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BHA PUSHES VAT TO TOP OF THE AGENDA


Ufi Ibrahim, chief executive, British Hospitality Association, has recently put forward a strong argument that the high rate of UK VAT on this country’s hotels, restaurants and tourist attractions, compared with all but three of the 27 EU member states, makes the UK ‘hugely uncompetitive’ with the rest of Europe. She says, “If Britain’s tourist industry is to grow and develop, a continuing VAT rate of 20 per cent will act as a decisive break on that ambition.” As a result the BHA, is now actively campaigning to reduce it.


In 2011 British Curry Awards event, the founder Enam Ali MBE raised his concerns about the VAT rate in the hospitality sector and urged the government for a 5 per cent tax con- cession on the hospitality sector, like they have in France. In his opinion, this would help to boost the numbers of people dining out, promote growth, create more jobs and, in turn, bring more money fl owing into the exchequer. He said, “If anyone here tonight could take that message back to the Chancellor, George Osborne, I’d be grateful.”


The Guild of Bangladeshi restaurateurs also have been campaigning for a long time for the reduction of the VAT in the restaurant sector. Imam Uddin, President of Staffordshire region said: “20% is not helping our sector at all. We have seen a considerable drop in the frequency of our diners visiting the curry restaurants. If nothing is done, we will see many more restaurants closing down and unemployment rising in this industry.”


Last year the BHA commissioned an independent report by Tourism Respect on the impact of VAT on the restaurant sector. While the impact on HM Treasury receipts was not positive, the impact on restaurant jobs was highly signifi cant. Furthermore the experience in France, where over 50,000 were created when the French government reduced VAT on restaurant meals to 5.5 per cent, shows that is no mere forecast. Ms Ibrahim adds, “We have started negotiations with HM Treasury and we believe that our arguments are powerful and persuasive. But we need to exert even more pressure to encourage government to act.”


The aim of the BHA is to ensure that every MP in the coun- try understands the importance of hospitality and tourism to his or her local economy. “This is because we want MPs in turn, to put pressure on the government to respond to


our campaign so the more local businesses can highlight the uncompetitive nature of UK tourism to MPs, the more pressure will be able to put on government.”


Spice Business is supporting this campaign and would urge all restaurants to write to their MPd as soon as possible. “We need to get the message across to MPs that cutting VAT on restaurant meals will protect jobs, give local businesses a much needed boost and will also generate more revenue for the government,” says Enam Ali, editor.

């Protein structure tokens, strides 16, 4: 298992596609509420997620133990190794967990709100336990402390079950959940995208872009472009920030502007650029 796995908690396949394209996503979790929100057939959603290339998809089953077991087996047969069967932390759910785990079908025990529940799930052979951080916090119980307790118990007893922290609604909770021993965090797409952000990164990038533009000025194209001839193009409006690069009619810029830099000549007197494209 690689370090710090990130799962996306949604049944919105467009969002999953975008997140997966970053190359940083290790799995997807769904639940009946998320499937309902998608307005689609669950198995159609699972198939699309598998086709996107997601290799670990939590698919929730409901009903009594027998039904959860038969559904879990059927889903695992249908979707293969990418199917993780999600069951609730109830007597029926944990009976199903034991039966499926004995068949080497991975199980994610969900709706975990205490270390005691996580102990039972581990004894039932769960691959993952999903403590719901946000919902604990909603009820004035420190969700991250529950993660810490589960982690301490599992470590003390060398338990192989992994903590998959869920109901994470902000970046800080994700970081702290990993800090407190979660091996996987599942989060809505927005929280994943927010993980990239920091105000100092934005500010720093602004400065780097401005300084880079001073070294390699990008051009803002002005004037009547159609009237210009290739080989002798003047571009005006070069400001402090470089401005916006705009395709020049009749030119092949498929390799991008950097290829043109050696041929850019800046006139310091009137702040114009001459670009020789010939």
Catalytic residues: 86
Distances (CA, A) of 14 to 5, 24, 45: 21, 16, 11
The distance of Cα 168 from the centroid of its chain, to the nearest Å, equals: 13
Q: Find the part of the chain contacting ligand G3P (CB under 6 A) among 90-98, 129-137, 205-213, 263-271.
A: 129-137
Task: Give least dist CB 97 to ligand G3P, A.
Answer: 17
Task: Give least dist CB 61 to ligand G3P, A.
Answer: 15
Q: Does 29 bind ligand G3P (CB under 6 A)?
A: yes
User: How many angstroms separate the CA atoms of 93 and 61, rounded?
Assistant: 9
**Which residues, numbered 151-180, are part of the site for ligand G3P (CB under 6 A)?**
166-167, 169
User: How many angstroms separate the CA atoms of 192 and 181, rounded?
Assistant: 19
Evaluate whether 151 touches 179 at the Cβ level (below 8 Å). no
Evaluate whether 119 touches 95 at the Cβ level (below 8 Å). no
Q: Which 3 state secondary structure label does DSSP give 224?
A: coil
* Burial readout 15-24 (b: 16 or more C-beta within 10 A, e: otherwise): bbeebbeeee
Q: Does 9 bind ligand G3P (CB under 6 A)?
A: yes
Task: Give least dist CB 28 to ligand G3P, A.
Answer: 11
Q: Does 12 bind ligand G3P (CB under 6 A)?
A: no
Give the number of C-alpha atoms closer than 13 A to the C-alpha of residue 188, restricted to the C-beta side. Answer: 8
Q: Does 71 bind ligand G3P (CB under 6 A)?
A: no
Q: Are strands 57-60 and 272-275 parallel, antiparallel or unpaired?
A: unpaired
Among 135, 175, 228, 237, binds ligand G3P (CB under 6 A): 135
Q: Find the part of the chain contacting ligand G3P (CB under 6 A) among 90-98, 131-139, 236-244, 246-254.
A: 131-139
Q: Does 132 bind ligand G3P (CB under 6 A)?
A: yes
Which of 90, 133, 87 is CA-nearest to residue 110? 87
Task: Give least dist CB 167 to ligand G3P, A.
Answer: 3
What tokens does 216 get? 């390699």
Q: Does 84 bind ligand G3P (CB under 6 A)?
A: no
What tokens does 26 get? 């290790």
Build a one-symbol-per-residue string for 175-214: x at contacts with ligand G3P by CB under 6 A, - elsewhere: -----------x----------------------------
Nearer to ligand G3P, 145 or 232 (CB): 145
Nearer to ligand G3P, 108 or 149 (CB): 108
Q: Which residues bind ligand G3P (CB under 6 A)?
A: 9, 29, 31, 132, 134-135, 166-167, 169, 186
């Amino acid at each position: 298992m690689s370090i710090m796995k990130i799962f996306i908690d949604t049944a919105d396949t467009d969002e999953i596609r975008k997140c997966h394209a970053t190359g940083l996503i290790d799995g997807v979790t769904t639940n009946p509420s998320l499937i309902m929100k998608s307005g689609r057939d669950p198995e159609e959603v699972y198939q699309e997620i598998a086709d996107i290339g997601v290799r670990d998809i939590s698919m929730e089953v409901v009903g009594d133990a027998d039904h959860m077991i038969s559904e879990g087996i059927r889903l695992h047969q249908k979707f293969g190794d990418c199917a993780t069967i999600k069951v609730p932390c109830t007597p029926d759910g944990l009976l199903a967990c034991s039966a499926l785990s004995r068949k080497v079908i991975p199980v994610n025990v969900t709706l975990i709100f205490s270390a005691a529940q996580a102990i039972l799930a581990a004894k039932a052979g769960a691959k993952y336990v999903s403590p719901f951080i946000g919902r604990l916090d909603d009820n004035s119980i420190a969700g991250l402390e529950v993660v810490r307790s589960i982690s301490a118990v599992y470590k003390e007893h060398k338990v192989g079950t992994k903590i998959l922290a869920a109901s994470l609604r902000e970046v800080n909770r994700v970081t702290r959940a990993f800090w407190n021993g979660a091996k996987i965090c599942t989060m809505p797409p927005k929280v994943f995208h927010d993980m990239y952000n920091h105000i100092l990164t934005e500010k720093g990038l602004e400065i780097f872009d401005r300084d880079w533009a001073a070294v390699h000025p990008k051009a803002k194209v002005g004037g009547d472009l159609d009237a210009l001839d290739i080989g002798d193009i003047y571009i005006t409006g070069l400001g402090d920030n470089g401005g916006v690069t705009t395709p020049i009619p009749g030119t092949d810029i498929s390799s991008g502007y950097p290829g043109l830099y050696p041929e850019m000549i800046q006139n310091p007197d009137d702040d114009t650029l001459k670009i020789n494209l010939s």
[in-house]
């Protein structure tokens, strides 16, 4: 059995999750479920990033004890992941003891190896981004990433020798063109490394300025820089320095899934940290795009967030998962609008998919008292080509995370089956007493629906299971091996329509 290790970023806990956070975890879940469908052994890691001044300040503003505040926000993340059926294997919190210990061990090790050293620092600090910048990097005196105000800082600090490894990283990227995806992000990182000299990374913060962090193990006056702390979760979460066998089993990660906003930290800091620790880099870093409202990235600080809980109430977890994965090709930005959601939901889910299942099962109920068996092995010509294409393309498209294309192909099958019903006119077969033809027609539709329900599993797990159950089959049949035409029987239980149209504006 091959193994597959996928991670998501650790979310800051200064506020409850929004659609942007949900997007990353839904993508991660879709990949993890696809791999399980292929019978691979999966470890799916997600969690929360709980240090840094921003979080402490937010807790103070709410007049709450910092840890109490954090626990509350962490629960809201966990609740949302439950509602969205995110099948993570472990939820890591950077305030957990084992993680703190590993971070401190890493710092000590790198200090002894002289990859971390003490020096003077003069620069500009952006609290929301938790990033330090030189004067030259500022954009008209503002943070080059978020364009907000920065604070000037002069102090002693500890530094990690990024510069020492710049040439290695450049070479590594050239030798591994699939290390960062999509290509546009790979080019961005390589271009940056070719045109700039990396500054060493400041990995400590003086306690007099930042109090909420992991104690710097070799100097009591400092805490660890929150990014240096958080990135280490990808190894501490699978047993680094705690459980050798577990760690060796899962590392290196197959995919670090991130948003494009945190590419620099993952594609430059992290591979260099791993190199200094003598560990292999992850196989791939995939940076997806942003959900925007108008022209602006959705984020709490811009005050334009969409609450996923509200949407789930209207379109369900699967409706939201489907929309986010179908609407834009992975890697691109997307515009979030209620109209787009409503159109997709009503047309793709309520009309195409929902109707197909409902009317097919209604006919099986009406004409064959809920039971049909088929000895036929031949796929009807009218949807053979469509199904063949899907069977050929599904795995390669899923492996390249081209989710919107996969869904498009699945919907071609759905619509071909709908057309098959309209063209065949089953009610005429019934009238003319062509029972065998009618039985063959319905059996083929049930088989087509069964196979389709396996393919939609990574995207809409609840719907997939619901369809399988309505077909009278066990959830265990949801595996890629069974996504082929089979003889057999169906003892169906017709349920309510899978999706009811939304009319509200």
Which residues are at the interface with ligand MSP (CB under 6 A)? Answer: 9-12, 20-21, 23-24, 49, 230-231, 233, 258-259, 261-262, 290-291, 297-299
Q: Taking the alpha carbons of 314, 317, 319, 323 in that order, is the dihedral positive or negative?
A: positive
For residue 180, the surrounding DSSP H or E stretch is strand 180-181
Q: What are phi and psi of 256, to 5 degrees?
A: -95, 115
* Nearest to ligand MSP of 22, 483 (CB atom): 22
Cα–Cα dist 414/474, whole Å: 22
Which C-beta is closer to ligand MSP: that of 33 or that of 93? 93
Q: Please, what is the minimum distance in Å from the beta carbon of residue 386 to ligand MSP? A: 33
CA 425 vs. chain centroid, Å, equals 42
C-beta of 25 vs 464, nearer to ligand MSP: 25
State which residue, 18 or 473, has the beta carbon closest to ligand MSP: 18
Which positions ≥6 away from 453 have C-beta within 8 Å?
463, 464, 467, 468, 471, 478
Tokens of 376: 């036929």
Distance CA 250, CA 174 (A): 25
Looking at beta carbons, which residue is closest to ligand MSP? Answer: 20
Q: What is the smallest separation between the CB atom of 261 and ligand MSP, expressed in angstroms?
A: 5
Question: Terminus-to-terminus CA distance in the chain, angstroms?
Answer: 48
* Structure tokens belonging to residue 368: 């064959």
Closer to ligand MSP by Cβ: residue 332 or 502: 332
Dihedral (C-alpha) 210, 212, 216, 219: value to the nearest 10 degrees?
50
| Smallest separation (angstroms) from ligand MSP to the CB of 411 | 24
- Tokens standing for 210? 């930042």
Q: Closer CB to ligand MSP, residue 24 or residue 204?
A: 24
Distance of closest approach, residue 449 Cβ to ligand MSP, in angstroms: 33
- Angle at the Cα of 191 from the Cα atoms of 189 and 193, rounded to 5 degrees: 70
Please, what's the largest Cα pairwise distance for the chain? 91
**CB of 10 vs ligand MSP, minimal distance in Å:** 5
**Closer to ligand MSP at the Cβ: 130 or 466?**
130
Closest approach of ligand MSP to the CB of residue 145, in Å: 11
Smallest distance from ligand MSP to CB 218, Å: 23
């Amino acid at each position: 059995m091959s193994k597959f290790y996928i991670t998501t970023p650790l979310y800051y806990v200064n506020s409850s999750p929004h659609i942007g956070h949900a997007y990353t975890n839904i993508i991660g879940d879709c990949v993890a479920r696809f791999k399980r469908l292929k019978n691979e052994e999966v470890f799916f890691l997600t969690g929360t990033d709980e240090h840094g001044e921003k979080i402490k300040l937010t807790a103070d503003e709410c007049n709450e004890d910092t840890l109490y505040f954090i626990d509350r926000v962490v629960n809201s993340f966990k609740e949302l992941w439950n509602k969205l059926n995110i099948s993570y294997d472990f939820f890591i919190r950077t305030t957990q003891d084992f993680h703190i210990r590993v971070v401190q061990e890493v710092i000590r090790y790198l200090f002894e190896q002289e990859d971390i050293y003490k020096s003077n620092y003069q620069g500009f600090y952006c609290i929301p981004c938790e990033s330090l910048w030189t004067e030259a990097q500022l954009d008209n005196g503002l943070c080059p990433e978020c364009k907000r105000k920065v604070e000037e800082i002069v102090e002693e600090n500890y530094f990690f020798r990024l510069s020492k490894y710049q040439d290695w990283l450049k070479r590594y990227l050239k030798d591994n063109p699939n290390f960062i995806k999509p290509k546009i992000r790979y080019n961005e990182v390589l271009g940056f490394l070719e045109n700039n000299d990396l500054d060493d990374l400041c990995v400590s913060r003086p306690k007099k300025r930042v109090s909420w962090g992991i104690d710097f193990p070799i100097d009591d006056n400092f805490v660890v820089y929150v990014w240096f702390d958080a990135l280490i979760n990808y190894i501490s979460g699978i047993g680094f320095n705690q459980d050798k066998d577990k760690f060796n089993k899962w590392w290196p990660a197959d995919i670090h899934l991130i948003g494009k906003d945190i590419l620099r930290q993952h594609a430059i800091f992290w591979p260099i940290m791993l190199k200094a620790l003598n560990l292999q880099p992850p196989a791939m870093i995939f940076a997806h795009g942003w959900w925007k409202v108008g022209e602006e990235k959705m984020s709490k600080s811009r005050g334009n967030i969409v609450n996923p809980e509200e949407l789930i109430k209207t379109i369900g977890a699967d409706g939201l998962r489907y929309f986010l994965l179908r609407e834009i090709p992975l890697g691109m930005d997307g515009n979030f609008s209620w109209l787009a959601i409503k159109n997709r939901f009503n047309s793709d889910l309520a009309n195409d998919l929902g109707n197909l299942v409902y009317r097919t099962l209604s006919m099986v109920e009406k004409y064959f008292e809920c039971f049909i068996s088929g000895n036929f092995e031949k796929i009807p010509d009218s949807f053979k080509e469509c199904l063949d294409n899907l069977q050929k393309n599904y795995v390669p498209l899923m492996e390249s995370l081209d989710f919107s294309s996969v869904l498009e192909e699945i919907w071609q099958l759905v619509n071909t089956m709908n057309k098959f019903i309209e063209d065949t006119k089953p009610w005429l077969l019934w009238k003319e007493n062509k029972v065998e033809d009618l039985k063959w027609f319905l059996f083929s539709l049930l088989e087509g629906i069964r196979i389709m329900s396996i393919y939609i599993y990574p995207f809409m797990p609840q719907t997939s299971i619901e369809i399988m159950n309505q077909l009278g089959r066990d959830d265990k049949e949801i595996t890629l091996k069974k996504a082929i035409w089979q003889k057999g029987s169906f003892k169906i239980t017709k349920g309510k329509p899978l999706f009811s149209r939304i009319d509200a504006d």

A survey of over 200 members of the BHA shows that an overwhelming majority support the industry’s campaign to reduce VAT to fi ve per cent on hotel accommodation, attractions and for meals away-from-home. The survey marks the launch of new VAT pages on the BHA website, giving updated developments on the campaign as well as a comprehensive series of questions and answers which explain the background to the campaign and its aims and objectives. A Facebook campaign is also being launched.


The BHA’s survey reveals that members believe that the UK will gain a poor reputation for value for money if the government continues to keep VAT for the UK hospitality and attractions industry at 20 per cent and that this represents a severe barrier to growing their business. Nearly 98 per cent say that the current VAT rate hinders the competitiveness of the UK hospitality and attractions industry and 85 per cent forecast that a reduction to fi ve per cent would create new jobs and increase staff numbers.


Over 95 per cent say they would pass on all or some of the cut in VAT, if achieved, while 82 per cent will invest more in their facilities, 67 per cent will employ more people, 57 per cent will invest more in training; just under half (48 per cent) will increase staff wages.


Ms Ibrahim claims the research emphasises the benefi ts that will be brought about by a reduction in VAT for the hospitality industry. “Experience in other countries shows that major changes in VAT rates are passed through to customers in their entirety,” she says. “It’s clear that our members plan to plough the saving achieved back into their business


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